Immunoglobulins in Multiple Sclerosis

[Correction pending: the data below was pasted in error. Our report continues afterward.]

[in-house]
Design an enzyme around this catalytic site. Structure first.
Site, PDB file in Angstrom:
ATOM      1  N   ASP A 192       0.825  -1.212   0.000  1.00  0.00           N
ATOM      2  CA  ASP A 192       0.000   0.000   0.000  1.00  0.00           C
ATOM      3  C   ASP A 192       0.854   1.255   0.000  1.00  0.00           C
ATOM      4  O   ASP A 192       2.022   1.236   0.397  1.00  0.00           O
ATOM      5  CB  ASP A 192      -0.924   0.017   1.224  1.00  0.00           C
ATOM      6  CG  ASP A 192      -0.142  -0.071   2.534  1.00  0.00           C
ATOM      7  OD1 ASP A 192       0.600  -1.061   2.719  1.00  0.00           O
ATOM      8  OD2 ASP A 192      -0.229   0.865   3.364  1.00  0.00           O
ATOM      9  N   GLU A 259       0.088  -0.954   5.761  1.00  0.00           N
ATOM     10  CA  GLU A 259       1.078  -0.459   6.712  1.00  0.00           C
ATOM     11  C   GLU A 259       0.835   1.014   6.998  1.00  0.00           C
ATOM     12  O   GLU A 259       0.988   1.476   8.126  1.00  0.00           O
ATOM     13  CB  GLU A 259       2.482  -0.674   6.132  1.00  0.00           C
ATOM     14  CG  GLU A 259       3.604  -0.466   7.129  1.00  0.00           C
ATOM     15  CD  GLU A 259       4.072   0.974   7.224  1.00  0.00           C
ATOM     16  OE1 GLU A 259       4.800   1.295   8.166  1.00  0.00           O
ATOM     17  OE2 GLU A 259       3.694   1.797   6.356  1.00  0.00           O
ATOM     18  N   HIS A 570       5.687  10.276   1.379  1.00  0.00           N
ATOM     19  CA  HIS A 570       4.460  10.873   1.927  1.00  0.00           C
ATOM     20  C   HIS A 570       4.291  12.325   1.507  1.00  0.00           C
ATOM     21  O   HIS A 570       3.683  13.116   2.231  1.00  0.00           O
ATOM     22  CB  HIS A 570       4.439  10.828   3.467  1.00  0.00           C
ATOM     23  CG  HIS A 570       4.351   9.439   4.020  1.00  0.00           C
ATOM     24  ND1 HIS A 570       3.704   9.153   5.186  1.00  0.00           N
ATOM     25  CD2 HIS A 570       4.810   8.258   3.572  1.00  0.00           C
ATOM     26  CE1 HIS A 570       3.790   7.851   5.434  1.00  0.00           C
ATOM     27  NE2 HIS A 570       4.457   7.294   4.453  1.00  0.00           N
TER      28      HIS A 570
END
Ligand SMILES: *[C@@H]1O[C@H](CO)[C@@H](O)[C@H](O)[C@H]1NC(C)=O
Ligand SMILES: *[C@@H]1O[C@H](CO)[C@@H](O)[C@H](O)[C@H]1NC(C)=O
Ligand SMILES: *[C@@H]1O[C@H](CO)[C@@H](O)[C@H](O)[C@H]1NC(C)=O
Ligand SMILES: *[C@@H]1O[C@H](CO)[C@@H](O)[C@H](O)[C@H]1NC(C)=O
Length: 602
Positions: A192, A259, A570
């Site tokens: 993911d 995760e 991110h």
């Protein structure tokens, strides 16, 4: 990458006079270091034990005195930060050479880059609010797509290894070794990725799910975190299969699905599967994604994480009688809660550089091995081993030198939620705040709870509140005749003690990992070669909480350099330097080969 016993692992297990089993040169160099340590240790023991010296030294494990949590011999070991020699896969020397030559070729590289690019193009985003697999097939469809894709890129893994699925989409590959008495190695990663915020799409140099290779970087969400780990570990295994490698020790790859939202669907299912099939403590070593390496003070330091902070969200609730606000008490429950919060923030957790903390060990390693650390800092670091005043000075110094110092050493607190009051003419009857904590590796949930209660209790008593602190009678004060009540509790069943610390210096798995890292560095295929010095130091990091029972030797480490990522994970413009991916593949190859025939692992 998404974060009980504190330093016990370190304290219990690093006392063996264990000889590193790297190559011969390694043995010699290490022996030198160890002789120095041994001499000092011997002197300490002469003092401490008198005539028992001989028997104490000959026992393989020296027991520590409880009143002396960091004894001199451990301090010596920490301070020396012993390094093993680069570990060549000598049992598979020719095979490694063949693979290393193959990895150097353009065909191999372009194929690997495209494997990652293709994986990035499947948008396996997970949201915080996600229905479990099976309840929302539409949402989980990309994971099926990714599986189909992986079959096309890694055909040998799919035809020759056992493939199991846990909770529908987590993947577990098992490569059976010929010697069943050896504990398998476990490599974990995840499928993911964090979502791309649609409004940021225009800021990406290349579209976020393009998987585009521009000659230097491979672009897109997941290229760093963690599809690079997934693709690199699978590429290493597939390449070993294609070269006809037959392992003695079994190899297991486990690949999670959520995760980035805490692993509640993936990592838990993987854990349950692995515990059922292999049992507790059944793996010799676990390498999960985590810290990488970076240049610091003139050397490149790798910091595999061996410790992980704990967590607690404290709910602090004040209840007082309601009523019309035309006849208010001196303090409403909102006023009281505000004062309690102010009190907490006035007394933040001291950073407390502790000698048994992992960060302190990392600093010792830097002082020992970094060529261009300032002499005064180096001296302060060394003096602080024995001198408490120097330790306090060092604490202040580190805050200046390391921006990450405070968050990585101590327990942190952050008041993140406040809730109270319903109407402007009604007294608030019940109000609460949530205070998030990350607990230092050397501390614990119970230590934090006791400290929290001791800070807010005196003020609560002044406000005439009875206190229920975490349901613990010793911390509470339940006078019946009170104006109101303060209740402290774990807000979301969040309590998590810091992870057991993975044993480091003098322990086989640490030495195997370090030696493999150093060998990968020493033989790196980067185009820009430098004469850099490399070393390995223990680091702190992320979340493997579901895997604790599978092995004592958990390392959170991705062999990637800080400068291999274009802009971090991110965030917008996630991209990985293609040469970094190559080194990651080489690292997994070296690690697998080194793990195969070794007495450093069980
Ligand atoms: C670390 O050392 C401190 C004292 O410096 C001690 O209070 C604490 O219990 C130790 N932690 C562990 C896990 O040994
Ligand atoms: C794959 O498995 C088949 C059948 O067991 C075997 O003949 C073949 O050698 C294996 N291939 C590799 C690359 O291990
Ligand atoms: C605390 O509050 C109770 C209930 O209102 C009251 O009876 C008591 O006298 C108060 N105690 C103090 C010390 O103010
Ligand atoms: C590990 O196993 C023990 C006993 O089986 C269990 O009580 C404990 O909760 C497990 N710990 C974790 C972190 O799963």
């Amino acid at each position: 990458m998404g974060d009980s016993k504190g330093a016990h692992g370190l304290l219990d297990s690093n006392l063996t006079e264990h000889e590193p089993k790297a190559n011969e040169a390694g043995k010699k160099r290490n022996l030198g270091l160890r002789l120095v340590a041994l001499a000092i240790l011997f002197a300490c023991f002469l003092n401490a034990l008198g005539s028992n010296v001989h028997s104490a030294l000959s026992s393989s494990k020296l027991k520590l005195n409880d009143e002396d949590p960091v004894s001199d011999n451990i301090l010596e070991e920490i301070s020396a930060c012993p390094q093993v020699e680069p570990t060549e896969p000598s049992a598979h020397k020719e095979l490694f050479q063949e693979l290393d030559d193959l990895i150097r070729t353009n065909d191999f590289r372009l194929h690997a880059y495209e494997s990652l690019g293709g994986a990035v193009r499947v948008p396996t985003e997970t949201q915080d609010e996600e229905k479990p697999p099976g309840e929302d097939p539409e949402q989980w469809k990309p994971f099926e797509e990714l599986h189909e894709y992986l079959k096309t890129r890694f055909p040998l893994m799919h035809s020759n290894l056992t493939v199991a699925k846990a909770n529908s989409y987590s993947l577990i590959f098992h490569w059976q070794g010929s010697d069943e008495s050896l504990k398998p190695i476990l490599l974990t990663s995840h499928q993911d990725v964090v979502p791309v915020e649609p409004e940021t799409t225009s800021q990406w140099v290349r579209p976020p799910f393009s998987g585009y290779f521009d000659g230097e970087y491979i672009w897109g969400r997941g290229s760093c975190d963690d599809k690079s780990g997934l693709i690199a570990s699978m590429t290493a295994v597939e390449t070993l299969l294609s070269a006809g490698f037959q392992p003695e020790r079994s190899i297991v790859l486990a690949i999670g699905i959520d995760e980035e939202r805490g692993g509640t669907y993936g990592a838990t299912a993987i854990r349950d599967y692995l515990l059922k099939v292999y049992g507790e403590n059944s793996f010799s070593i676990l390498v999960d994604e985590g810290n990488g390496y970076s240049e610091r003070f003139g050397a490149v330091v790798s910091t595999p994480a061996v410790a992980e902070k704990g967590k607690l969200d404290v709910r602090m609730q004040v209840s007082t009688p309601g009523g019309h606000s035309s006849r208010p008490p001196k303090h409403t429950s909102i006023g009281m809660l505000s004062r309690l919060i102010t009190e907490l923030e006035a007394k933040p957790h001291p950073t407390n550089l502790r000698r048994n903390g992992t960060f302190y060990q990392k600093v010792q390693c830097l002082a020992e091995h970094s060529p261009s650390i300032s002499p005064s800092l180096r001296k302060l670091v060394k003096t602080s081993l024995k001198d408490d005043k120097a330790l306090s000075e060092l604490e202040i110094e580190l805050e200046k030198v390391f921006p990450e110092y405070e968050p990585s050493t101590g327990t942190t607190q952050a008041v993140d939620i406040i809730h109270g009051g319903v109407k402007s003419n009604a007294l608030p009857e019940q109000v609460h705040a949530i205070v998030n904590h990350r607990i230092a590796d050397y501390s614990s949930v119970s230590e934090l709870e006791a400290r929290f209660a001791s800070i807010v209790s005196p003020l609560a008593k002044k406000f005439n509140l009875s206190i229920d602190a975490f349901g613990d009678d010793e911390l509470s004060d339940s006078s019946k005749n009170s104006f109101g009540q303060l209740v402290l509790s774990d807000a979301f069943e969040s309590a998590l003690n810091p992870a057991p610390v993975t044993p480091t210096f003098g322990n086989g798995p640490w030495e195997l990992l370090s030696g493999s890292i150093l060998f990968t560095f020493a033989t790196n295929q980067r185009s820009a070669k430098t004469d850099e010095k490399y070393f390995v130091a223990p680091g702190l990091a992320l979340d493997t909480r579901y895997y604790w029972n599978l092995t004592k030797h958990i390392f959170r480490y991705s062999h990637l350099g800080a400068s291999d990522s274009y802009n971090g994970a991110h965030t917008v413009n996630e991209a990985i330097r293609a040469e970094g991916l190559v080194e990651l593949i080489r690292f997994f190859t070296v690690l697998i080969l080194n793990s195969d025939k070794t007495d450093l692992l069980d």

Data have accumulated indicating that the human brain with its extracellular space, i.e. the cerebrospinal fluid (CSF), must be regarded from an immunological point of view as a separate entity. For example, the reaction of the lymphocytes present in the CSF in multiple sclerosis (MS) is different from that of blood lymphocytes in the same patient. Consequently, immunoglobulin abnormalities may be found in CSF and brain tissue, e.g. elevated immunoglobulin levels and oligoclonal IgG. These immunoglobulins which are synthesized within the CNS consist of specific antibodies in subacute sclerosing panencephalitis and acute viral meningitis. The antibody character of intrathecally synthesized IgG in MS in unknown.